The company’s origins go back to the late 1990s when Virgin Atlantic disclosed that it was assessing the feasibility of offering space flights to select individuals, costing as much as $100,000. By 2005, 100 people had already paid $200,000 each for a flight into space, before the private firm had even developed a launch vehicle for the mission. Still, the company’s initial years were marred by delays and setbacks.
Failure to Launch
In July 2008, Branson unveiled a high-altitude jet, named White Knight Two, which was expected to act as a mothership to a spacecraft aiming to take humans into space. The British billionaire famously announced on the occasion that the maiden voyage taking tourists to space would take place in the next eighteen months.
However, the launch could not take place next year, and Virgin Galactic issued a revised launch schedule in October 2009, promising spaceflight within two years. In 2010, test flights for the mission took place, but a powered launch still eluded the company. Further delays were announced in 2011 and 2012, despite the fact that more test flights had taken place.
In April 2013, SpaceShipTwo, the spacecraft which would be onboard the jet, finally conducted rocket-powered test flights, but only reached half the speed that Branson had initially predicted. However, a second flight improved on the first launch, achieving a greater speed but still falling short of the supersonic target. Branson said on the occasion that a hundred satellites could be launched on board SpaceShipTwo.
A third launch took place in January 2014 to test the Reaction Control and Thermal Protection systems of the spacecraft. The intended date for the first tourist flight into space was pushed to March 2015 by Branson, as he received significant backlash in the British press for the repeated delays, with some accusing the billionaire of taking ten years to perfect an engine for the flight, only to fail and switch to another model.
Disaster struck the fourth test flight of VSS Enterprise in October 2014, as the space vehicle broke apart mid-air, crashing and burning on the ground, killing one pilot and seriously injuring another. The company identified an inflight anomaly as the reason for the accident.
However, at the hearing of a U.S. government investigation into the crash in July 2015, officials released a press statement citing inadequate design safeguards, poor pilot training, lack of governmental oversight, and an anxious co-pilot as reasons for the 2014 crash.
Virgin Galactic’s fortunes may now be taking a turn for the better. A replacement space vehicle, named VSS Unity, has since been launched by Virgin Galactic to continue the mission. It has completed gliding test runs, and a powered test flight was also carried out in April 2018. In December of that year, the company successfully undertook test flights of the spacecraft, taking it to more than eighty miles above the ground. VSS Unity achieved a critical milestone, reaching space for the first time in its history.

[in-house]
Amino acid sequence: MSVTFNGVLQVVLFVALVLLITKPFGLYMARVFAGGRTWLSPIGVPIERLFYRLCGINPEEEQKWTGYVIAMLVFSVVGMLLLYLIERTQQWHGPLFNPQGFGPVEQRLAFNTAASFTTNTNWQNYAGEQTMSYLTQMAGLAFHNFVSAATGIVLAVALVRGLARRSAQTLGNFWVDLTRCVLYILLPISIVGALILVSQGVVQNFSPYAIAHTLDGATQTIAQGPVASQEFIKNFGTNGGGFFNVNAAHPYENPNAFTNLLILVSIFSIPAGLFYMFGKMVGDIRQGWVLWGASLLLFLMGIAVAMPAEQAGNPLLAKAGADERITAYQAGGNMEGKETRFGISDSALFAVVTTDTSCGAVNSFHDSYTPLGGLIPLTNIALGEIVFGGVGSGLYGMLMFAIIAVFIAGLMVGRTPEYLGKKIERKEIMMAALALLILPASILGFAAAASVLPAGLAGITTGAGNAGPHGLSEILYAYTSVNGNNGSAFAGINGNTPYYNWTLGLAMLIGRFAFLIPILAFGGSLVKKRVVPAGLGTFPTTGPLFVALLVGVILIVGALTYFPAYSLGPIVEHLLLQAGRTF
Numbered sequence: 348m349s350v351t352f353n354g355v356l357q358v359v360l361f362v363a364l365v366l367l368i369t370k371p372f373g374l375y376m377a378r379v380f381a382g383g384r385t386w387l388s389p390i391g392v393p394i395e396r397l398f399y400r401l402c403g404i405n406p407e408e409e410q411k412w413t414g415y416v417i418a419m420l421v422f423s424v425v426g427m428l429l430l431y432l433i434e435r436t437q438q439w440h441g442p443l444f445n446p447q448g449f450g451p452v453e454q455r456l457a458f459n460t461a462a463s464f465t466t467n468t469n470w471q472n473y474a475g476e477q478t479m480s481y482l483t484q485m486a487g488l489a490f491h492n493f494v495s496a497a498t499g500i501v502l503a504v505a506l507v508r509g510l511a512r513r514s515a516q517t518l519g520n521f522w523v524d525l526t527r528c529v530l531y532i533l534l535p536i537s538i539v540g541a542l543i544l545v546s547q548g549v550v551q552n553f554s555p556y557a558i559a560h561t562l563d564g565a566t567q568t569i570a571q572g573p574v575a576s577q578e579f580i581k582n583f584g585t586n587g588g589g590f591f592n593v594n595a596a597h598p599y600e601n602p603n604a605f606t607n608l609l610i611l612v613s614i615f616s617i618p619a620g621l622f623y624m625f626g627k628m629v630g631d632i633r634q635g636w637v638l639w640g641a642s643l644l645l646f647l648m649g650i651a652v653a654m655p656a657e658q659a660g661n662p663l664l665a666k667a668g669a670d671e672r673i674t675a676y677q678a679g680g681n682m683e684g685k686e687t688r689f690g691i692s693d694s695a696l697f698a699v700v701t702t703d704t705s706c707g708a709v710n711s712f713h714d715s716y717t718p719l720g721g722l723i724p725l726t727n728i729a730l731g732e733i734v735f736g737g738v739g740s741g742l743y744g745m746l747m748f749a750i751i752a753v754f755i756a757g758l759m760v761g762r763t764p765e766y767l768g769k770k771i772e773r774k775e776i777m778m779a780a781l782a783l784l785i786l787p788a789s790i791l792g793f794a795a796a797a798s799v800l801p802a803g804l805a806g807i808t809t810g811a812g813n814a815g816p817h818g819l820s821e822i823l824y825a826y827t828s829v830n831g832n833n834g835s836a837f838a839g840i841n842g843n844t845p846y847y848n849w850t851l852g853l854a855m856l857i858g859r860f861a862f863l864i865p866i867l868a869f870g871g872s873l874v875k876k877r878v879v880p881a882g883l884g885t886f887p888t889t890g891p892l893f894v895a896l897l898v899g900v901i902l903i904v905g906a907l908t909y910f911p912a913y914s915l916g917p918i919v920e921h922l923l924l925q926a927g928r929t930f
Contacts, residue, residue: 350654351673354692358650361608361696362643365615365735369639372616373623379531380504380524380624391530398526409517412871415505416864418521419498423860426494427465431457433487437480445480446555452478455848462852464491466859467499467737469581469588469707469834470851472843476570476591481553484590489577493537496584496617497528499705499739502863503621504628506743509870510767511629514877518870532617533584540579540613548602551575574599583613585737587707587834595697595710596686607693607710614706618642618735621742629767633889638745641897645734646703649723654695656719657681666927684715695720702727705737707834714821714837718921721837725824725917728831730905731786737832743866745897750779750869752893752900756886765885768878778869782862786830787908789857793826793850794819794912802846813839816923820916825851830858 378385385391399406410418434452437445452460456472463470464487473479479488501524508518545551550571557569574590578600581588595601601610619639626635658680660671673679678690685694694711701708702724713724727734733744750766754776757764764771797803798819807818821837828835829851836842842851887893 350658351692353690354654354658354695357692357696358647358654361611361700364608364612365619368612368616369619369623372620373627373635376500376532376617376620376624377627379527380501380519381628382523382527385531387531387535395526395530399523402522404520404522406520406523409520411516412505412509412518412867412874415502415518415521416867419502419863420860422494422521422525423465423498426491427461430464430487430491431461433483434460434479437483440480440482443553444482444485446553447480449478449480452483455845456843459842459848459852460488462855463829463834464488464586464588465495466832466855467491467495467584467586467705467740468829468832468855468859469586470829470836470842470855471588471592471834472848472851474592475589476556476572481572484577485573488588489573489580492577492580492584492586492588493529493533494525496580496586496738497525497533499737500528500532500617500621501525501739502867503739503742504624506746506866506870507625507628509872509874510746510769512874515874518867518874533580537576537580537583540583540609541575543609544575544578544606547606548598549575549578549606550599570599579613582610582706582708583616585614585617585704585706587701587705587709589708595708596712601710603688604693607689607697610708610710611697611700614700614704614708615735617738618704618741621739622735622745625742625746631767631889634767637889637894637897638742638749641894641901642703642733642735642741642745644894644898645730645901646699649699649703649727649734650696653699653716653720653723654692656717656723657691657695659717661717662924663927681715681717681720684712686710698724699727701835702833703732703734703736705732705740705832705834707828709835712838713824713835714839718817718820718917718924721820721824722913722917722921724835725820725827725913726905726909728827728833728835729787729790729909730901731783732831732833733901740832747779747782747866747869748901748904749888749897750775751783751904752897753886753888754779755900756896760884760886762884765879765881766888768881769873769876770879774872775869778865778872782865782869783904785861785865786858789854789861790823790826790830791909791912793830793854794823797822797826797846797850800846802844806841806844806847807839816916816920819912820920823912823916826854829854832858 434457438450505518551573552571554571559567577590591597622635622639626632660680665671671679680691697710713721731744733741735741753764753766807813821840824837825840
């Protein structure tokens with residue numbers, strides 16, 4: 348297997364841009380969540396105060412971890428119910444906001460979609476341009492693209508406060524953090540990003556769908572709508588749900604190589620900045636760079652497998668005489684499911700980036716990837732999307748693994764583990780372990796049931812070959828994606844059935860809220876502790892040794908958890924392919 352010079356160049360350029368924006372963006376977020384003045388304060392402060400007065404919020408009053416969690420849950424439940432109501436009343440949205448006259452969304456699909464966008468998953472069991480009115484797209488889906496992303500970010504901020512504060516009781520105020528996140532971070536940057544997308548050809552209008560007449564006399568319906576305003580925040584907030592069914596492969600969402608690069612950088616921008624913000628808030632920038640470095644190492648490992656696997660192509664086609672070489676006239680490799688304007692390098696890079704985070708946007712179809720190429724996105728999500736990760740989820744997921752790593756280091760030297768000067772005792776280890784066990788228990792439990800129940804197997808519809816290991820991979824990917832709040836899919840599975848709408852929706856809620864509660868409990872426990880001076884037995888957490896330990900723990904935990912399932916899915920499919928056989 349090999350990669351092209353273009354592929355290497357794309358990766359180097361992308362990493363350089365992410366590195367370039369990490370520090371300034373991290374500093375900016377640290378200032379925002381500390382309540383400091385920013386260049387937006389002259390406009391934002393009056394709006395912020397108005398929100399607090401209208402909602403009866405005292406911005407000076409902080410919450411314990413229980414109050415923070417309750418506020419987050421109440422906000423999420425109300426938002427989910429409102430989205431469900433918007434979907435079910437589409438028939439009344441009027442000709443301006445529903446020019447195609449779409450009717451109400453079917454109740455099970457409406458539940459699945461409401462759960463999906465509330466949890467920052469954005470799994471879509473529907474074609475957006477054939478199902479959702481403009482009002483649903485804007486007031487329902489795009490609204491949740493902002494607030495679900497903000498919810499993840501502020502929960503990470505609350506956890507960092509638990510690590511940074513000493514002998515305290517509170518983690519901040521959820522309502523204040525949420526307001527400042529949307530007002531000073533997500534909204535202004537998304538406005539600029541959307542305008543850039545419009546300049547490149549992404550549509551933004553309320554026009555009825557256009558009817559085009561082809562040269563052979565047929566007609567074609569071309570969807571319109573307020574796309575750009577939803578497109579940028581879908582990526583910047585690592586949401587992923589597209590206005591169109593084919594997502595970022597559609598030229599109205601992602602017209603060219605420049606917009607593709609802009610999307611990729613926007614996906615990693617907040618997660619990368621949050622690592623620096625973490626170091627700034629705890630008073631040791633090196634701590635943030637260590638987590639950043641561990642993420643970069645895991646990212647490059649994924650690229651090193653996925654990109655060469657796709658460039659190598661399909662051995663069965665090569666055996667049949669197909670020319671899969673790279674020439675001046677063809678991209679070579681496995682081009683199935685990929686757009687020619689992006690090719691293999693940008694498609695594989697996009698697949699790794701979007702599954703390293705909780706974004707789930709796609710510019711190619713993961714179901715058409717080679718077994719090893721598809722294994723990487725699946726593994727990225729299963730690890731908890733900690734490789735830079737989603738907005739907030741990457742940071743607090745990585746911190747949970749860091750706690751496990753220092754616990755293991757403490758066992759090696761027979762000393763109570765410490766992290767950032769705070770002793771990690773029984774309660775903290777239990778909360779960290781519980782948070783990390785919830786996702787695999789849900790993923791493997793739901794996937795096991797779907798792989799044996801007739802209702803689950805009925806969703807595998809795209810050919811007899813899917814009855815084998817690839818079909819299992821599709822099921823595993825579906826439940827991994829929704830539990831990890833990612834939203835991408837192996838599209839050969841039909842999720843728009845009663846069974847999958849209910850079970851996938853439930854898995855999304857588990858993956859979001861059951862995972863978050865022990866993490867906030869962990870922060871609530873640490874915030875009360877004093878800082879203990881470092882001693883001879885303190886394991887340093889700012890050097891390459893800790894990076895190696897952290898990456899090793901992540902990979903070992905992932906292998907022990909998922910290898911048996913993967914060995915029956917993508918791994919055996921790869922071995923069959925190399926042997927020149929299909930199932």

On February 22, 2019, Virgin Galactic entered into space for the second time ever when its SpaceShipTwo flew into space with a three-member crew.
Virgin Galactic, initially based in California, plans on moving to another facility, the Spaceport America, which is located in New Mexico. The remaining test flights for the VSS Unity will be conducted there. Although the company says it cannot yet give a definite date for a commercial launch, Branson said in February that he hoped to be able to fly by July 20, 2019, the 50th anniversary of the first human landing on the moon.
Virgin Galactic is in a tight race with other private space companies like Blue Origin and SpaceX to put tourists into space. Their competition also extends to the development of reusable rockets and the deployment of small satellites.
Beyond Space Tourism
In addition to space tourism, Branson has invested in satellite development. In 2015, the company began making a small launch vehicle to take satellites into space, and in 2017, it created Virgin Orbit to take the business plan forward. Virgin Galactica has also signed a memorandum of understanding with NASA to explore the potential for future joint-ventures in space.
The company now has investments in excess of $100 million, including major stakes by businessmen from the United Arab Emirates (UAE), a country that has space ambitions of its own and significant stakes in Branson’s Hyperloop project. Public-private partnerships are critical to the advancement of space programs across the world. While both Branson’s Virgin Galactica and Jeff Bezos’s Blue Origin have pursued partnerships with the U.S. government, Branson’s future plans are increasingly reliant on support from the UAE. America is not the only game in town.